PORTLAND, Ore. (CNS) — The moment before he helped carry a small vial of St. John Paul II’s blood, Justin Waldron, 22, gently touched the relic in a moment of silent prayer.
Catholics of all ages filled churches in Oregon to pray to God in the presence of the blood of one of the church’s newest saints.
Worshippers have asked for the intercession of St. John Paul, who had a special place in his heart for youths, families and older people. He established World Youth Day.
“He is probably one of my favorite saints because he was so inspiring with the youth and he reached out to youth and taught them about God and taught them about the importance of their bodies,” said Waldron, a senior engineering student at Washington State University’s branch in Vancouver, Wash.
He told the Catholic Sentinel, newspaper of the Archdiocese of Portland, that the fact “a now-canonized saint was alive” during his own lifetime is “inspiring to see.”
At the first stop for the relic during its recent tour in Oregon — St. Stanislaus Parish in North Portland — the first several dozen people in the church awaiting its arrival were 20-somethings, many from the regional Catholic campus ministry based at Portland State University.
Before long, the old guard arrived, many of them Poles and Polish Americans who have a special devotion to their countryman, the only Polish pope.
“The love that he had for students and young people was really inspiring,” said Emily Kunkel, a 24-year-old student working on master’s degree in social work at Pacific University in Forest Grove, Ore. St. John Paul was the pope of her youth and a favorite of her Polish-American family.
“Some people think young people just care about technology and cellphones and partying,” Kunkel explained. “The fact that he had so much faith in what we could do as young people is really beautiful.”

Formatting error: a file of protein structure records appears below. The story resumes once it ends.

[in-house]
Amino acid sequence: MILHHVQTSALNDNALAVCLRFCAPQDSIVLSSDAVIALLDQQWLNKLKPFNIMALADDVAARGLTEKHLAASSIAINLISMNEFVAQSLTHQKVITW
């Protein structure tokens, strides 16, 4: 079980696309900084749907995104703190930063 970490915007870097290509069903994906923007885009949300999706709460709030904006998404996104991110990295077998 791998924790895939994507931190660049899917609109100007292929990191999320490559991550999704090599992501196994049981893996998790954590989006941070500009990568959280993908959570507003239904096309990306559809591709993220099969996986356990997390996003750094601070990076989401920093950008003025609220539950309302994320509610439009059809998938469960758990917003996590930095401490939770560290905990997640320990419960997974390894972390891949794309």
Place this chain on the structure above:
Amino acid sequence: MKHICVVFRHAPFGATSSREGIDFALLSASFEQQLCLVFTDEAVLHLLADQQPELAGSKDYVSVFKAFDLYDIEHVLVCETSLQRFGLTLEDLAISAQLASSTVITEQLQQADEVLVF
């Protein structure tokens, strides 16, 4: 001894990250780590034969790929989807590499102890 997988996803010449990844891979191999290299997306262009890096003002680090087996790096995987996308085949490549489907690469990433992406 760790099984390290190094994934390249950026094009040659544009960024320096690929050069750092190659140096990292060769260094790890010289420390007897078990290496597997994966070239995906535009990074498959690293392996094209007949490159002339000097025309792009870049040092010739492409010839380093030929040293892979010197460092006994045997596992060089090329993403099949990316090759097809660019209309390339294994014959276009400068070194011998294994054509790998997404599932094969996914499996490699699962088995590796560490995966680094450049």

Suzy Maurer, a 21-year-old Portland State University music education major, said visiting the relic made her feel as though she were meeting the saint.
“His name is going to go down in history, not just as pope but as this incredible saint of the youth,” Maurer said. She wants to spread word of his teaching on being pure and honorable, which she says is still relevant.
“I am grateful to St. John Paul because we have so many guests here,” said Father Piotr Dzikowski, pastor of St. Stanislaus.
The Archdiocese of Portland and Florida-based Sisters of the Pierced Hearts of Jesus and Mary invited Catholics to take part in the visitation of the relic to western Oregon.
It was at St. Stanislaus March 9, then was taken to St. Cecilia Church in Beaverton the morning of March 10. Hundreds came to venerate and pray for the saint’s intercession. People of all kinds of nationalities arrived, as did children from St. Cecilia School.
The relic then moved on to a local shrine for the afternoon and evening of March 10. On March 11, it was at two more parishes, where youths also made up a large part of the congregation.
Langlois is a staff writer at the Catholic Sentinel, newspaper of the Archdiocese of Portland.
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